Admiralty court apportions liability under Collision Regulations’ crossing rules
Wilforce LLC and Anr v Ratu Shipping Co.SA and Anr [20.05.2022]
The Admiralty court handed down judgment on 20 May 2022 in Wilforce LLC v Ratu Shipping Co.SA in which it considered the scope and application of the Collison Regulations’ crossing rules and where they should, or should not, be overridden.
In May 2019, the WILFORCE and WESTERN MOSCOW collided in a ‘precautionary area’ of the Singapore Straits when the WESTERN MOSCOW, which had intended to join the westbound lane of the Straits Traffic Separation Scheme at the western area of the strait entered instead at the eastern end of the straits proceeding southbound.
This resulted in the vessel having to execute a port turn, back down the westbound lane of the traffic system. At this time, the WILFORCE was proceeding at speed (later found to be unsafe) towards the precautionary area.
The Court was asked to consider whether the duty of good seamanship or the crossing rules should govern the responsibility between the vessels in such situations.
Application of the crossing rules
The International Regulations for Preventing Collisions at Sea (Collision Regulations) include a set of 38 internationally agreed rules that govern the conduct of ships at sea in order to prevent collisions between them. Included in the Collision Regulations are the crossing rules, which govern situations where vessels are crossing and involve the risk of collision (Rule 15).
The WESTERN MOSCOW owners alleged that the WIFORCE failed to act in accordance with rule 16 of the crossing rules, whereas they had acted in accordance with Rule 17(a)(i) by maintaining its course and speed. As such, it submitted that WILFORCE should bear the blame.
In response, the WILFORCE submitted that WESTERN MOSCOW could not rely on the crossing rule when it had, itself created the crossing situation.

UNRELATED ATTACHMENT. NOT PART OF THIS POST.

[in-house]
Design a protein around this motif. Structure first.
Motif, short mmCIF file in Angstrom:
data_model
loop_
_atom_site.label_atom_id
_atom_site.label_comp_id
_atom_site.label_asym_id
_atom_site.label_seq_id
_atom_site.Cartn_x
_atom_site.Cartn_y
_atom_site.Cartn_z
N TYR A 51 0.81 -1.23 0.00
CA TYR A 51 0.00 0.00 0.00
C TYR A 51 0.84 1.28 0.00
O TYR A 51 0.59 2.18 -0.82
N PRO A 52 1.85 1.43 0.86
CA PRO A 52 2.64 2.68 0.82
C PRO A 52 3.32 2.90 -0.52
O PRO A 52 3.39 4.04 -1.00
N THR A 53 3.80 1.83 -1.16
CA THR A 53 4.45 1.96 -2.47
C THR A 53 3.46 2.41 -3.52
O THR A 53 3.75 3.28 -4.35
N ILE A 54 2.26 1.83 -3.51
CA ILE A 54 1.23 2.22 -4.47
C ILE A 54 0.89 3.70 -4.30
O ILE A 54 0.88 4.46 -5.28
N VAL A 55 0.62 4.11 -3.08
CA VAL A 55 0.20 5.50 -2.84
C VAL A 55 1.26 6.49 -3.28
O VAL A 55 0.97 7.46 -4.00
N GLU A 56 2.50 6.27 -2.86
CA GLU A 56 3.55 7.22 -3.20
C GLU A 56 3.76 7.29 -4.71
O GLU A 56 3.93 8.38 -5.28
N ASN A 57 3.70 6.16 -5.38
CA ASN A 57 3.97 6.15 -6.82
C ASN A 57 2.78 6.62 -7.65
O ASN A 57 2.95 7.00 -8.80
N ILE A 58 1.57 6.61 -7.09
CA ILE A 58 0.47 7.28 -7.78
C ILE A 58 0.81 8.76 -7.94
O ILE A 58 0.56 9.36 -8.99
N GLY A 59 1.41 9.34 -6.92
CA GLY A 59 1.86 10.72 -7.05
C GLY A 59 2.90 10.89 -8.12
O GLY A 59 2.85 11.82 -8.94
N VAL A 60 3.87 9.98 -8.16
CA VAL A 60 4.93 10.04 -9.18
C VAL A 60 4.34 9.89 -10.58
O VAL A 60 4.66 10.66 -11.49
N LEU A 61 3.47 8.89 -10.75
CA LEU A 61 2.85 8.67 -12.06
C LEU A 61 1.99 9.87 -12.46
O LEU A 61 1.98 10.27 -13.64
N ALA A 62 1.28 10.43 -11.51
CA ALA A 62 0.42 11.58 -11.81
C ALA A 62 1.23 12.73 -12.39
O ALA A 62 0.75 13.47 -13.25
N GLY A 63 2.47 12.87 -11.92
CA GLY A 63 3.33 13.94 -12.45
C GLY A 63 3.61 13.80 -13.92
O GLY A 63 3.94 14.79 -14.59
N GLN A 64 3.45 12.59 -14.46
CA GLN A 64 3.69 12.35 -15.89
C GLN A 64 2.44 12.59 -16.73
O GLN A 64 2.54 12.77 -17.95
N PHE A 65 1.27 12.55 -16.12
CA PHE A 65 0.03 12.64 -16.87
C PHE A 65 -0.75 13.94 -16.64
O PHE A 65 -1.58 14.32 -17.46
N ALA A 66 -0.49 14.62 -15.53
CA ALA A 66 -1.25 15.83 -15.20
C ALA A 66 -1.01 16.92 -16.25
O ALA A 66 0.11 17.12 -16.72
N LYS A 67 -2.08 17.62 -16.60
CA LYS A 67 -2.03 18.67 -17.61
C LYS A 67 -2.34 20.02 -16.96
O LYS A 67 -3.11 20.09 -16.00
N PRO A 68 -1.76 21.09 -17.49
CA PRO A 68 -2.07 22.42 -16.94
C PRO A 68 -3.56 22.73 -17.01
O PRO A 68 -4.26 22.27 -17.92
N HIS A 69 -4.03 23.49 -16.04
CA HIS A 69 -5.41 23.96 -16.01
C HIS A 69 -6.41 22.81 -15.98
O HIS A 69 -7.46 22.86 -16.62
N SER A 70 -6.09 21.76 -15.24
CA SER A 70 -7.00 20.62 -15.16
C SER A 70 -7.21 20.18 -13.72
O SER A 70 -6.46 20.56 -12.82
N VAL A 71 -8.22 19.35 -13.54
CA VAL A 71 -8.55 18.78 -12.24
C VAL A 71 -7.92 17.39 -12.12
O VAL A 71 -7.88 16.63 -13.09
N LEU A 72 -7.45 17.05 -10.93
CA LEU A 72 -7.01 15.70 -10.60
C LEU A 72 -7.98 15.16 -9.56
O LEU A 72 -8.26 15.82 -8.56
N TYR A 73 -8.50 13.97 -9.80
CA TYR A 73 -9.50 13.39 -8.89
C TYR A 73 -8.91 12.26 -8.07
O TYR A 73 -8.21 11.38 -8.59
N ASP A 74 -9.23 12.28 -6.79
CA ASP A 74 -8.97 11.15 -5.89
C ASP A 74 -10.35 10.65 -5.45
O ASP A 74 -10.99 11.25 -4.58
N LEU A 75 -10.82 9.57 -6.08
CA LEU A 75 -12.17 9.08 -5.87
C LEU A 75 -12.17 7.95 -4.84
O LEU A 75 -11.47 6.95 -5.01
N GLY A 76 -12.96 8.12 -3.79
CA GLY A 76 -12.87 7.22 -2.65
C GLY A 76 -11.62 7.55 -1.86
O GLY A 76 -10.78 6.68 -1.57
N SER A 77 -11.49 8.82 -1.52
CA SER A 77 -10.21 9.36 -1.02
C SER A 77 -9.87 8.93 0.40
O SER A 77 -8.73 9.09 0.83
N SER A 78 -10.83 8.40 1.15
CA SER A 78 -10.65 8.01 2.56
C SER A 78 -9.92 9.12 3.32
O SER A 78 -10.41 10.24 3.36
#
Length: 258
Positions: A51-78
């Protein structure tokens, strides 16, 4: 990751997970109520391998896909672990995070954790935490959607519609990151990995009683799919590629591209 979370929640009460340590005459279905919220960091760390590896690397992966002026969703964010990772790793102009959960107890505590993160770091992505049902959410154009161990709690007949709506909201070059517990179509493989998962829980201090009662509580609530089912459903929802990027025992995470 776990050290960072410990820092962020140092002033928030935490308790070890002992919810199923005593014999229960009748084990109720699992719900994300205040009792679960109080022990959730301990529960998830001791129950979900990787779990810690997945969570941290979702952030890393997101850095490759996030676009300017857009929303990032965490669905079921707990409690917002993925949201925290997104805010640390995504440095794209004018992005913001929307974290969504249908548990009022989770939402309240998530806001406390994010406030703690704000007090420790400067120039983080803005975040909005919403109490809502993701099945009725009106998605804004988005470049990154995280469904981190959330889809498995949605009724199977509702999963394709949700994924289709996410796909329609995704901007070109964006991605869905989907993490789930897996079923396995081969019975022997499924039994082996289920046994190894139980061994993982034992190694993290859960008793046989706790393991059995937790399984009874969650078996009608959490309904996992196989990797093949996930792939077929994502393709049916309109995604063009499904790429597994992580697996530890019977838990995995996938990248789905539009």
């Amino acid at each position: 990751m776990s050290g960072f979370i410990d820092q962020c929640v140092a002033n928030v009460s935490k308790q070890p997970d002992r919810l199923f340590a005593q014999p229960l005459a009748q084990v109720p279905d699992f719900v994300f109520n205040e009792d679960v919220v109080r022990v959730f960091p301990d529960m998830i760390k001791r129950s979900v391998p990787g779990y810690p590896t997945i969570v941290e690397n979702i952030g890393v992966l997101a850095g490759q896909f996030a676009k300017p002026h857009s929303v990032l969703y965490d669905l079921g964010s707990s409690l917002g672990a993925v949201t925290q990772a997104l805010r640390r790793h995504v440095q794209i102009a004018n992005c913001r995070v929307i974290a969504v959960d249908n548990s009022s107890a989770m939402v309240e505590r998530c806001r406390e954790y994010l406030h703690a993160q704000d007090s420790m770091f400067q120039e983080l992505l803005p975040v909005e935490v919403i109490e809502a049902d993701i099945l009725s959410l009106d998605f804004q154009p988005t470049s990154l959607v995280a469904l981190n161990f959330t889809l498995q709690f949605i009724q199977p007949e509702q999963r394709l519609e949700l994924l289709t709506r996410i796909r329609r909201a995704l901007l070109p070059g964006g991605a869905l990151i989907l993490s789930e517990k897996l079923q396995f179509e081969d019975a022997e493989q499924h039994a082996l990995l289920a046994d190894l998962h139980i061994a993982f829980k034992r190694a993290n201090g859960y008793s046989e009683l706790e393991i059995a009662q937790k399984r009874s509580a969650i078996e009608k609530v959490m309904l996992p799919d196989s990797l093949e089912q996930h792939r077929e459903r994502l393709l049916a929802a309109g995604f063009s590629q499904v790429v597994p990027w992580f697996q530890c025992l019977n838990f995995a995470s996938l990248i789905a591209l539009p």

This was, as WESTERN MOSCOW submitted, inconsistent with the recent decision in Nautical Challenge Ltd V Evergreen Marine (UK) Limited (EVER SMART) in which the Supreme Court found that the crossing rules applied where the bearing of one vessel from another remained constant. The Supreme Court emphasised in that case that the Collision Regulations must be interpreted in a practical, uniform manner to provide clear navigational rules for all mariners and vessels.
In handing down its decision, the court found that the authorities relied upon were not necessarily entirely consistent, especially in light of the EVER SMART decision. However, it was, in any event ruled that the result would have been the same regardless of whether the decision was based upon the duty of good seamanship or whether it was as a breach of the crossing rules.
Accordingly, the WESTERN MOSCOW was found to be 75% liable for not keeping a proper lookout. The WILFORCE was held to be 25% liable for failing to reduce speed when the risk of collision became apparent.
Despite guidance from the Supreme Court in the EVER SMART, this matter serves to remind us that the previous authorities on this issue are difficult to reconcile. Despite having the opportunity to do so, the court did not address the question of whether a stand on vessel who has created a crossing situation, can invoke the crossing rules. As such, the case remains that the crossing rules should not be overridden unless there is a necessitating reason.